Subject: Re: Change ot topic, back to OVPL
From: Chuck Swiger <chuck@codefab.com>
Date: Wed, 24 Aug 2005 15:08:23 -0400

Brian Behlendorf wrote:
> On Wed, 24 Aug 2005, Russell Nelson wrote:
>> Do any license-discuss readers disagree with me?
> 
> I disagree with requirements for certification that go beyond 
> conformance to the letter and spirit of OSD.  Alex is right - you didn't 
> make Sun go get the MPL fixed.  All this effort being poured into 
> denying the OVPL certification would be better invested elsewhere, such 
> as in license comparison documents, or the license selection wizards 
> people have proposed or prototyped, or in culling dead licenses.  IMHO.

+1.  Getting a license certified should reflect the process as the OSI has 
documented it; it should not involve multi-month delays while the OVPL people 
compare language with Sun and the CDDL.

If we need to change the approval criteria in response to "license 
proliferation", very well, then lets move the goalposts to where they should 
be, document it publicly, and then leave them there.

Russell, you should not keep shifting the goalposts with ad-hoc conditions.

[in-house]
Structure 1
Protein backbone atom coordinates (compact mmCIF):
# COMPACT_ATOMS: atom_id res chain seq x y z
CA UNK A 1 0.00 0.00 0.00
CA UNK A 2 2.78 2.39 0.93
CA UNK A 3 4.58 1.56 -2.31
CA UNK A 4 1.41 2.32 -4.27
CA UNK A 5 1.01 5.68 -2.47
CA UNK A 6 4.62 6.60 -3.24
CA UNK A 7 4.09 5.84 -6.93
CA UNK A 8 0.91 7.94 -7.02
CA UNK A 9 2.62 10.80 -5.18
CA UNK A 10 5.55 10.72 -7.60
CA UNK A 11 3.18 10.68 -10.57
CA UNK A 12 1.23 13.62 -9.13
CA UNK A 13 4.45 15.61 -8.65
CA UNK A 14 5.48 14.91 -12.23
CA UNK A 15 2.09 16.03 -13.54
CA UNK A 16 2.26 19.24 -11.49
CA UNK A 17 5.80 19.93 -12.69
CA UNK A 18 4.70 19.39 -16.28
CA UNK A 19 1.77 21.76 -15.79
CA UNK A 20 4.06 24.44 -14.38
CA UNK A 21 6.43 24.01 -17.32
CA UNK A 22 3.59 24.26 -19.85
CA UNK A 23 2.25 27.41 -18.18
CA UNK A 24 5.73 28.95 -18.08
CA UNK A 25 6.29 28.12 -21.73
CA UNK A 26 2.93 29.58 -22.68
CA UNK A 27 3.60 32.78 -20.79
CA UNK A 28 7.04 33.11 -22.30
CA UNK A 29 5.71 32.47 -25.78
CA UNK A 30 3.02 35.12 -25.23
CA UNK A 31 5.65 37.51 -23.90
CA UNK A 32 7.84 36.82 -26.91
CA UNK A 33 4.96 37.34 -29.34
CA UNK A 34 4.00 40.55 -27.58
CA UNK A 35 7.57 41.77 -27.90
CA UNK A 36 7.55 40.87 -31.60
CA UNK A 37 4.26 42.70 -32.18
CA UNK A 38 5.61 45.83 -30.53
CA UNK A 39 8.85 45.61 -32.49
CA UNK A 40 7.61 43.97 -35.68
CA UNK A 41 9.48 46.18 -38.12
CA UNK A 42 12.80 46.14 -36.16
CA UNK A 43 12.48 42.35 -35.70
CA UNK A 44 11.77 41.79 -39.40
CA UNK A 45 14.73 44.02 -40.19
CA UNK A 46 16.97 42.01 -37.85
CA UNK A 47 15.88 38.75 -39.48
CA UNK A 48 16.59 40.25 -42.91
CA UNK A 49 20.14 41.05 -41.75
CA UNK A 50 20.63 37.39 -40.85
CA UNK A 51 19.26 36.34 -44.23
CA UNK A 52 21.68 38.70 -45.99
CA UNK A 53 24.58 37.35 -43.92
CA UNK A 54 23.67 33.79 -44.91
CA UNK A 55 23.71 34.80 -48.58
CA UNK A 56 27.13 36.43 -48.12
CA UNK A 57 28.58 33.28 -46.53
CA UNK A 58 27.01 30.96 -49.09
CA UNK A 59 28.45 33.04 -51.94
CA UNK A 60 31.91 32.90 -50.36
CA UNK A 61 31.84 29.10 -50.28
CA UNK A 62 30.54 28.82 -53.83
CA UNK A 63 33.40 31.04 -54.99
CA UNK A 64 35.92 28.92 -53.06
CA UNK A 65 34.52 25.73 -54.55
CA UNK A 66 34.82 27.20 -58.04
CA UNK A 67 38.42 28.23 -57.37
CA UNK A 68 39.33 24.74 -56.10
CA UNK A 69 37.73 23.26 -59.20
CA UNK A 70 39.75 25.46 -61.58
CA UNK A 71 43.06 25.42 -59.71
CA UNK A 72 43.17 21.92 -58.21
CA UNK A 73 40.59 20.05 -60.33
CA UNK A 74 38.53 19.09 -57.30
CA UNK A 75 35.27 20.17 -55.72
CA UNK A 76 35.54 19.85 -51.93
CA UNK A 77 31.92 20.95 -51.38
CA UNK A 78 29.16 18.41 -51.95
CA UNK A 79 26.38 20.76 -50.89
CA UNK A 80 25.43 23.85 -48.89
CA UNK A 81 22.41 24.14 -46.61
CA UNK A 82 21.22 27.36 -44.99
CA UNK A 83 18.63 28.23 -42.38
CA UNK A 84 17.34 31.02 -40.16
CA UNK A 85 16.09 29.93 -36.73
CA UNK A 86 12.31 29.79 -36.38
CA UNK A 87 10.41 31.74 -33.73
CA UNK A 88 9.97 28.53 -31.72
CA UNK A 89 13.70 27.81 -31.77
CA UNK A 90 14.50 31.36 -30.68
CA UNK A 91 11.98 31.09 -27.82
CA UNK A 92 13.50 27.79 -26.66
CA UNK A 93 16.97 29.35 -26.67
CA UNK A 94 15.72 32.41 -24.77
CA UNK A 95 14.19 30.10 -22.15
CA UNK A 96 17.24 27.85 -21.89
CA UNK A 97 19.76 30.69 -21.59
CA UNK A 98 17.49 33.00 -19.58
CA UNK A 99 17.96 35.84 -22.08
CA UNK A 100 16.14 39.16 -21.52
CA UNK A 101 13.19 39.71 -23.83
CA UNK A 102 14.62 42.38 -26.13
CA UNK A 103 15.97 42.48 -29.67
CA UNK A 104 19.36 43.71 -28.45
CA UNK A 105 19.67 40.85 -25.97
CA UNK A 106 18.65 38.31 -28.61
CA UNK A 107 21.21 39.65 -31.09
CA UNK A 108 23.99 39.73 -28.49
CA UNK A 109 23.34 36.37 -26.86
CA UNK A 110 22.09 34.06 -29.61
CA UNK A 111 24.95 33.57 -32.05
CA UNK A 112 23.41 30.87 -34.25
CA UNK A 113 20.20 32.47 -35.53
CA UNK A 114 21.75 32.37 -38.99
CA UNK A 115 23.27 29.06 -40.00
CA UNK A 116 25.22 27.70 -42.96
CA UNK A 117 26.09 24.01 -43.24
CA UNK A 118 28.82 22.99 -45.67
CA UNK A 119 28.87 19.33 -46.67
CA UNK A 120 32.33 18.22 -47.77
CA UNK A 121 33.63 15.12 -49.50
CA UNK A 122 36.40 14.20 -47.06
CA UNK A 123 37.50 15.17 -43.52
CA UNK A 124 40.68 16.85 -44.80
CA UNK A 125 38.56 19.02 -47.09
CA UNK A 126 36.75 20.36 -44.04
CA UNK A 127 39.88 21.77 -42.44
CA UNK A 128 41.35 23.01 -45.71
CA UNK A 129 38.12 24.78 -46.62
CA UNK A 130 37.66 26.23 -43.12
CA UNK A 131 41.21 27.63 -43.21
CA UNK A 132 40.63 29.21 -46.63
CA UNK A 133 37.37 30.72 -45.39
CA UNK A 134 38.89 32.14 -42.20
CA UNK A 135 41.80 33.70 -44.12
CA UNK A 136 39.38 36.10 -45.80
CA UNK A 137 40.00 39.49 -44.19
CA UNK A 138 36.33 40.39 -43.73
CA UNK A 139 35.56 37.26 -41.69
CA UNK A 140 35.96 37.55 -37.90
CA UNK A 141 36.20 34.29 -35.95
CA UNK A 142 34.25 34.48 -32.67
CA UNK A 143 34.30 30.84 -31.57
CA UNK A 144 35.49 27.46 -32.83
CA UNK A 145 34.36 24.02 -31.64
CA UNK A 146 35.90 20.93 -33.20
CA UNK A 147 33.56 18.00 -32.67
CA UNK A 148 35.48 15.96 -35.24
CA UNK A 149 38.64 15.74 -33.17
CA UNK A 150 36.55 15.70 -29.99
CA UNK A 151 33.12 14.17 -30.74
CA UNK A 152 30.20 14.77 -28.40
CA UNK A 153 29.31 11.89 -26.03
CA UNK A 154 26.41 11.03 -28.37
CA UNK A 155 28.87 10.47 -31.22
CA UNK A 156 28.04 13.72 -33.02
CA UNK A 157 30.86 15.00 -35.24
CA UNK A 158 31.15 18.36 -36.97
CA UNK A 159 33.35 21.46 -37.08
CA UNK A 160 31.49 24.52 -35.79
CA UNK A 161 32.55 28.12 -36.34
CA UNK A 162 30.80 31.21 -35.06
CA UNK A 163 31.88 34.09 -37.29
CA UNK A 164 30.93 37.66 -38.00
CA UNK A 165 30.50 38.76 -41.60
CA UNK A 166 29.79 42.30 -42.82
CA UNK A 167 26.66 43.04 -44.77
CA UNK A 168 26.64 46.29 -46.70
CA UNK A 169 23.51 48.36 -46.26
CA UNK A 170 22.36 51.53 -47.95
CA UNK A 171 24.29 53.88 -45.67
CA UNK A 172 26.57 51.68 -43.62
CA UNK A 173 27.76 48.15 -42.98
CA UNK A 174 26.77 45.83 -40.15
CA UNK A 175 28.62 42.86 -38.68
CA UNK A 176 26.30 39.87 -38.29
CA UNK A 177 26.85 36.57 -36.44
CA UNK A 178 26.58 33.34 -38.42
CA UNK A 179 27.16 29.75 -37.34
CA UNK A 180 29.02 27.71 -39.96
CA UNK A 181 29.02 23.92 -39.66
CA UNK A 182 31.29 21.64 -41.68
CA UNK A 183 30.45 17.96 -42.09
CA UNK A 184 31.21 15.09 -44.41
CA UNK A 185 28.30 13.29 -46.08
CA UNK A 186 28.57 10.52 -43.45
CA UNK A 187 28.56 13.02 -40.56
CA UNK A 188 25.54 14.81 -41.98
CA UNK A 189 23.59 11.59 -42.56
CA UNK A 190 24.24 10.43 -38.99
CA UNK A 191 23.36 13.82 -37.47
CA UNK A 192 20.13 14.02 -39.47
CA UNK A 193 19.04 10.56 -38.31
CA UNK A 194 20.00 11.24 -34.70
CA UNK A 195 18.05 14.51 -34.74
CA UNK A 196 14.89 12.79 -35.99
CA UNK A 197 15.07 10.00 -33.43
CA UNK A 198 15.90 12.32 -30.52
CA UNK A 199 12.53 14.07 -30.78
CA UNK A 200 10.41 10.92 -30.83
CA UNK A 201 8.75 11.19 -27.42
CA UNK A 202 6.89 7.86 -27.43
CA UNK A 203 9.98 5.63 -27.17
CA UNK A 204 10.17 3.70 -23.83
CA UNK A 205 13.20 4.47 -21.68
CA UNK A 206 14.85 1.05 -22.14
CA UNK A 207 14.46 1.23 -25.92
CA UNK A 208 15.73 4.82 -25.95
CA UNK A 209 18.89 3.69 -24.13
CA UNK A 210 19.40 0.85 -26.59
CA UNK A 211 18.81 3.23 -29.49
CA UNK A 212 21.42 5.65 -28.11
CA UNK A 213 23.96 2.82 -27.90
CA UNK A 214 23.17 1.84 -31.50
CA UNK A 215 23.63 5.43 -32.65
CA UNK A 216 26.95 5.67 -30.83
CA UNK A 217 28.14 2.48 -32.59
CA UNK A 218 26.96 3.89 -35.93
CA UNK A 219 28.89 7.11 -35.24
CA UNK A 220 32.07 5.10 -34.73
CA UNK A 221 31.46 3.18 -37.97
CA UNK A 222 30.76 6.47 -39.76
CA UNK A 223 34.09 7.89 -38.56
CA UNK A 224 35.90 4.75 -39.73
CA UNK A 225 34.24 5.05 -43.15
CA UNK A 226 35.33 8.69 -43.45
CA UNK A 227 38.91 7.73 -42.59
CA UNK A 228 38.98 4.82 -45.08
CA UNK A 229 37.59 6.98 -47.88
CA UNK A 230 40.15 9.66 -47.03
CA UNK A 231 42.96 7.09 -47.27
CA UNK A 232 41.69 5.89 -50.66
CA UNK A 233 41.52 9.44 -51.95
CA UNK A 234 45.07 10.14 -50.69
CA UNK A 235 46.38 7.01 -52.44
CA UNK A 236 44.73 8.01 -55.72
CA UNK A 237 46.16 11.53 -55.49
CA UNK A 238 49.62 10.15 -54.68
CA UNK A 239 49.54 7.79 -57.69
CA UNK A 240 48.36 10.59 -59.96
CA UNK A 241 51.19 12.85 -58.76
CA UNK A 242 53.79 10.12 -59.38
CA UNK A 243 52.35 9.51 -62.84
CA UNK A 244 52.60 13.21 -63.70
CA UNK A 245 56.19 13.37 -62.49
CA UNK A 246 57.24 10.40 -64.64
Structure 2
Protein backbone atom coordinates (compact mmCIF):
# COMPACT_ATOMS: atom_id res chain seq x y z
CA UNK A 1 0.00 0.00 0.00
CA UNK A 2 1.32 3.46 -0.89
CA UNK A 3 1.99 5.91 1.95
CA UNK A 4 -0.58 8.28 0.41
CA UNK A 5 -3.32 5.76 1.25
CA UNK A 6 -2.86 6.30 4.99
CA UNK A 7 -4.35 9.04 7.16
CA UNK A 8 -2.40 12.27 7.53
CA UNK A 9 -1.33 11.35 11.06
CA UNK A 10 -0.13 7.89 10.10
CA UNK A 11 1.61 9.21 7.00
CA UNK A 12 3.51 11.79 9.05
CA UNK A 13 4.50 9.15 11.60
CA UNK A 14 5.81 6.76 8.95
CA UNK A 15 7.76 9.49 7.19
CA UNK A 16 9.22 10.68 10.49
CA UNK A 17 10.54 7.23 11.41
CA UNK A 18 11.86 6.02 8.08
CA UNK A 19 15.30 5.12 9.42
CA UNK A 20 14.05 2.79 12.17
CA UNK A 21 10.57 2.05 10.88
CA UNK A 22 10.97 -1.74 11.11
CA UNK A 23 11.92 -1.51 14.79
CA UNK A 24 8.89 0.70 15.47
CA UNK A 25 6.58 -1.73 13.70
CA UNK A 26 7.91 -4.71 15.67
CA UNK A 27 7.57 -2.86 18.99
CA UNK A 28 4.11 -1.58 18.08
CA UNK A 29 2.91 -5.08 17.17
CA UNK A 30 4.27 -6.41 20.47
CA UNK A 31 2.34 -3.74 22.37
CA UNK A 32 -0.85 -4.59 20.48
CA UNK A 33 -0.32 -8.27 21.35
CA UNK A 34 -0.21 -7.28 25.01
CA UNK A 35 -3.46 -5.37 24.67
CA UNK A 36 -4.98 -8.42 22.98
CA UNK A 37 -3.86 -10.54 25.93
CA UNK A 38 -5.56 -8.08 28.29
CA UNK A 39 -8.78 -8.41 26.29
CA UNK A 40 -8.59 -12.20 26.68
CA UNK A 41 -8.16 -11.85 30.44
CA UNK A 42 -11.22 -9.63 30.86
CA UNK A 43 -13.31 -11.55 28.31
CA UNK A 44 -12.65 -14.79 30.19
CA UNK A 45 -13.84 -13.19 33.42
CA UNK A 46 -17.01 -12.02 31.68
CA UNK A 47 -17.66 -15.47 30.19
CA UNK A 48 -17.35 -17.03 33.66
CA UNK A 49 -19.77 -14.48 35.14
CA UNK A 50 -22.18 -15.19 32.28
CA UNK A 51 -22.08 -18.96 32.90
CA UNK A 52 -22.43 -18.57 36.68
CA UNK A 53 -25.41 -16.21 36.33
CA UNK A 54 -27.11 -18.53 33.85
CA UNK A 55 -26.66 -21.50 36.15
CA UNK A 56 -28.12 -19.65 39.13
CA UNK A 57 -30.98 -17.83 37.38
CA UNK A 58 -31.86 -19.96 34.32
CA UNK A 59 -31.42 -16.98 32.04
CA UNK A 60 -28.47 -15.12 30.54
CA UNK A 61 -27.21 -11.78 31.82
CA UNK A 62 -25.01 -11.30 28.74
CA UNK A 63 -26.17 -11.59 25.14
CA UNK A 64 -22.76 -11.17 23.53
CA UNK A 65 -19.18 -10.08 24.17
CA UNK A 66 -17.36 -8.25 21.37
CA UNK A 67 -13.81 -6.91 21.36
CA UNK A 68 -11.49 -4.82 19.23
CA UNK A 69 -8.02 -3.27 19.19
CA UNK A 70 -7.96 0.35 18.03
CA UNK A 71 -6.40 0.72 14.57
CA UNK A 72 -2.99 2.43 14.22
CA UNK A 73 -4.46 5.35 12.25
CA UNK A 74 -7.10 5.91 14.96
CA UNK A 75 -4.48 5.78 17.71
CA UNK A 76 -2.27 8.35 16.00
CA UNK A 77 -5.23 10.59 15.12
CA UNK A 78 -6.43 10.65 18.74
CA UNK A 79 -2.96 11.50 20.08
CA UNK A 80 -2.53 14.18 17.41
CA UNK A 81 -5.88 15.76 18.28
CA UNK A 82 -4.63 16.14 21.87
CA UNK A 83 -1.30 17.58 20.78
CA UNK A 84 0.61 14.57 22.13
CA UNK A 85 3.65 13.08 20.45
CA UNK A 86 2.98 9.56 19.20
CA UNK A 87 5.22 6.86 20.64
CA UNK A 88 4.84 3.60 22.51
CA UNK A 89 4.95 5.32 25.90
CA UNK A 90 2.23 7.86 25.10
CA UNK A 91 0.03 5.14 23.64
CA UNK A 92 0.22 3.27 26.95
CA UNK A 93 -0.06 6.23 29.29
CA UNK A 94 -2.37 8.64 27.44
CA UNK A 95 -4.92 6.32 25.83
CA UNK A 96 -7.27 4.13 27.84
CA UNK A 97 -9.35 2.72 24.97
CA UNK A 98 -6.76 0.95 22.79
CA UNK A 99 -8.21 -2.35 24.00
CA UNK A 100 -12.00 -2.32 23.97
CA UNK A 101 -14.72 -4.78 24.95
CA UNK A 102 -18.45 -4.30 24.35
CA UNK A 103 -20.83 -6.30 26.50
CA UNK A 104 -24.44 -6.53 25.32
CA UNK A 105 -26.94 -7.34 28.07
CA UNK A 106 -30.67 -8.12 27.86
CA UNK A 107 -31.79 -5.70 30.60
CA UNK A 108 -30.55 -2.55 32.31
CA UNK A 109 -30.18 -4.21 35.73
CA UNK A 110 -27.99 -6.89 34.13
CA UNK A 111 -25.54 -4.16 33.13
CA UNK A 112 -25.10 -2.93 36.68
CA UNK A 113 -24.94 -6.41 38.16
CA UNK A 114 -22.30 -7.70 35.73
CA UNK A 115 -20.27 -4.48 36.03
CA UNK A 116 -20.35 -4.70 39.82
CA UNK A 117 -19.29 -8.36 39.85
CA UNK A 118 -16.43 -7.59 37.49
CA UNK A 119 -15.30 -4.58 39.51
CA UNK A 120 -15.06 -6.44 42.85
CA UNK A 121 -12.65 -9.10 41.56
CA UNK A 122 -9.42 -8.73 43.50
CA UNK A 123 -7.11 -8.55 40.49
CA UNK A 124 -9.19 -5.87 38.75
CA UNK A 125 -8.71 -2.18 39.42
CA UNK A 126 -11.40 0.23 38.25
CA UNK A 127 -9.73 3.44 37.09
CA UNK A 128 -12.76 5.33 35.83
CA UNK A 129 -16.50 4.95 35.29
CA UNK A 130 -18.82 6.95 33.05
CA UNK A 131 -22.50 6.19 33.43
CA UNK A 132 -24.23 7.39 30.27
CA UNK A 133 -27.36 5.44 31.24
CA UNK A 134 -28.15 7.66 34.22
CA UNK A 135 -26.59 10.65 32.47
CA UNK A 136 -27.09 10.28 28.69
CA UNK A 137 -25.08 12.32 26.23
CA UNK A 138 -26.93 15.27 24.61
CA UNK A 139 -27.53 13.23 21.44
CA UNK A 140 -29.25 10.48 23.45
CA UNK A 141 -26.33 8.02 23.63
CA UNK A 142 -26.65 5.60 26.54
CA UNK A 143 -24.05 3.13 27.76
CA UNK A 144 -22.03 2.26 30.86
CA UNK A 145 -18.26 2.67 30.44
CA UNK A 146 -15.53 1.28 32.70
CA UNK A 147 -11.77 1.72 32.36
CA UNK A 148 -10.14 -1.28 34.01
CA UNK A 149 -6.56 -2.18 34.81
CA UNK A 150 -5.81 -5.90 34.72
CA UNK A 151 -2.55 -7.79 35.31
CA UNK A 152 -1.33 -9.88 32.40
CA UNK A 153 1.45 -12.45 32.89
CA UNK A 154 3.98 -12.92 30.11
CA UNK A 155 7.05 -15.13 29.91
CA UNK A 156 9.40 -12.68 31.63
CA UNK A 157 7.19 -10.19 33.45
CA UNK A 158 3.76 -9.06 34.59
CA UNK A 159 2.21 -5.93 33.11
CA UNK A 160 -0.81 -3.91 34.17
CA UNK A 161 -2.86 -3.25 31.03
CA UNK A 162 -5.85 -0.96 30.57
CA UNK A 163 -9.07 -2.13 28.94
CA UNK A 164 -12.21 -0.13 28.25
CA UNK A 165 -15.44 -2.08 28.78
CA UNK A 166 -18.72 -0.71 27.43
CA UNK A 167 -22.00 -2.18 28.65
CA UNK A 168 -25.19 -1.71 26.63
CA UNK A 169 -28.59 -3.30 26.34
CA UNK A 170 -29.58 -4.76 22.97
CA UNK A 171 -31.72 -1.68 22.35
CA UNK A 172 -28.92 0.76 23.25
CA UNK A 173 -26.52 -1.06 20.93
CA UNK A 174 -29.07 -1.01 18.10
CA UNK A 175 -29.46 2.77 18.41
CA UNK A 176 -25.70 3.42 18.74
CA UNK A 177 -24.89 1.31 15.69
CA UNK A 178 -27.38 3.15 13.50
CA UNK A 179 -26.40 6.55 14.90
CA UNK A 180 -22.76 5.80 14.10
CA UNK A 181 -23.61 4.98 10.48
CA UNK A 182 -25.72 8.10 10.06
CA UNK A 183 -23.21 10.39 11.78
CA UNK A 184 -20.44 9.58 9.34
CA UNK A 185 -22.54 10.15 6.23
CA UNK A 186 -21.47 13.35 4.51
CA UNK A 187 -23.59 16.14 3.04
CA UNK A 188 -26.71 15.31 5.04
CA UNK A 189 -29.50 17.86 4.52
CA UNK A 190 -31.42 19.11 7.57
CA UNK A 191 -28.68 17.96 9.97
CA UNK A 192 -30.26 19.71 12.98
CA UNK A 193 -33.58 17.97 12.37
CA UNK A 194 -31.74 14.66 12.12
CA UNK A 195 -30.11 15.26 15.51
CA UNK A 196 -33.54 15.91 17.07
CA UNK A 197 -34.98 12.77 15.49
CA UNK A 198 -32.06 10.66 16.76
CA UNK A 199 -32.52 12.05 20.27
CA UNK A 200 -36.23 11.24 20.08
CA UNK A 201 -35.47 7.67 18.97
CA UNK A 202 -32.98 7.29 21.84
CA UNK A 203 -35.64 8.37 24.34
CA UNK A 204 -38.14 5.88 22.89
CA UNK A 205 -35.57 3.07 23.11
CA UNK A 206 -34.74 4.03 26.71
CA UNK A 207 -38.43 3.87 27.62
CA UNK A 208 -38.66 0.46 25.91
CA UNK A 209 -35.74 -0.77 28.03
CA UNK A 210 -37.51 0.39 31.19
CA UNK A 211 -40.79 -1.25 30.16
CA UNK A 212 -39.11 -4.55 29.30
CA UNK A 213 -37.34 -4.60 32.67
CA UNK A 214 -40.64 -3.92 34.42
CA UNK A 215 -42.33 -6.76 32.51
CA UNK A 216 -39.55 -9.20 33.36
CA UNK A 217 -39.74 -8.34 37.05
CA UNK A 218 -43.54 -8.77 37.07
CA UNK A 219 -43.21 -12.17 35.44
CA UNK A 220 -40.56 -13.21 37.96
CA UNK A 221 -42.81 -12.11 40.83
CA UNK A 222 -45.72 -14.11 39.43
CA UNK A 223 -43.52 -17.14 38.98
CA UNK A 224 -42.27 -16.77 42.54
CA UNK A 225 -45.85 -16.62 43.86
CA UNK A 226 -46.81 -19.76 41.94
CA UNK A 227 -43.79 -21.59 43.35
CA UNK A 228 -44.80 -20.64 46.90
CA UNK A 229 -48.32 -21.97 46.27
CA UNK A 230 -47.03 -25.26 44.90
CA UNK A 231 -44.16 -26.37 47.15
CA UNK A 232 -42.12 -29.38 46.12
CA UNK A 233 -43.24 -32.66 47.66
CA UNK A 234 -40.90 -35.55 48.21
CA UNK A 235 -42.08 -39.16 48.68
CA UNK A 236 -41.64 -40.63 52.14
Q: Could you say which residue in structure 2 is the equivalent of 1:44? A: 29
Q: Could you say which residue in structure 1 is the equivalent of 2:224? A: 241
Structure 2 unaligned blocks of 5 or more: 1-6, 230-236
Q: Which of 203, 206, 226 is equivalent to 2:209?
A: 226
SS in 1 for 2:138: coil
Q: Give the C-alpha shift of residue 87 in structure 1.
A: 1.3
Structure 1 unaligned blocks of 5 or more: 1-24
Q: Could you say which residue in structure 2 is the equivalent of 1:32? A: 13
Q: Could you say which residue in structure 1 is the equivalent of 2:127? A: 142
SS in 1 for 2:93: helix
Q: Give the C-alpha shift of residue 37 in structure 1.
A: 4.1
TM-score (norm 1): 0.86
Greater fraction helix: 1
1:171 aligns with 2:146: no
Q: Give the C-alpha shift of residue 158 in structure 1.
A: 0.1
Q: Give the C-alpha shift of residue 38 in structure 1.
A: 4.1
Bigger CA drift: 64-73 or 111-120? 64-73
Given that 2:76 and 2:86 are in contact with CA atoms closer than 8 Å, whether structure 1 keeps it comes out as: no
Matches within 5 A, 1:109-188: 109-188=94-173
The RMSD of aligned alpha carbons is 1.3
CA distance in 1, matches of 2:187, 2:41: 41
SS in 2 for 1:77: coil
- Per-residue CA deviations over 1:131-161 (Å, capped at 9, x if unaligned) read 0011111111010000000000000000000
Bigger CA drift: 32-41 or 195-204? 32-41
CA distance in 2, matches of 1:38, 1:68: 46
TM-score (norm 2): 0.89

More specificly:
> I don't think it is in the best interests of the open source world
> (whose interests we exist to pursue) to allow you to make a derivative
> work of an existing license and make small changes to that license
> which are not necessary to maintain the legal understanding of your
> license.

The last time I looked, there were over 30 distinct variants of the BSD (and 
the CMU license, and the UMich license, and others) just in libm, the standard 
math library.  All of these involved small changes to the original BSD license 
from the 1970s, and pretty much none of these changes were necessary from a 
legal standpoint.

This hasn't seemed to hurt anything, it hasn't seemed to cause mass confusion, 
involve lots of lawyers and legal debate, or anything else.  On the other hand, 
I wouldn't especially want to deal with 30 variants of the CDDL/OVPL, either.

It's useful for the OSI board to provide some inertia and resistance to avoid 
adopting licenses too easily, but it is being taken to an extreme.

I'd rather have 30 new open source projects out there, to compete, flourish, 
die off, etc, with less debate about approving their licenses, then to have 30 
projects on hold waiting for the OSI board to respond to their license submission.

-- 
-Chuck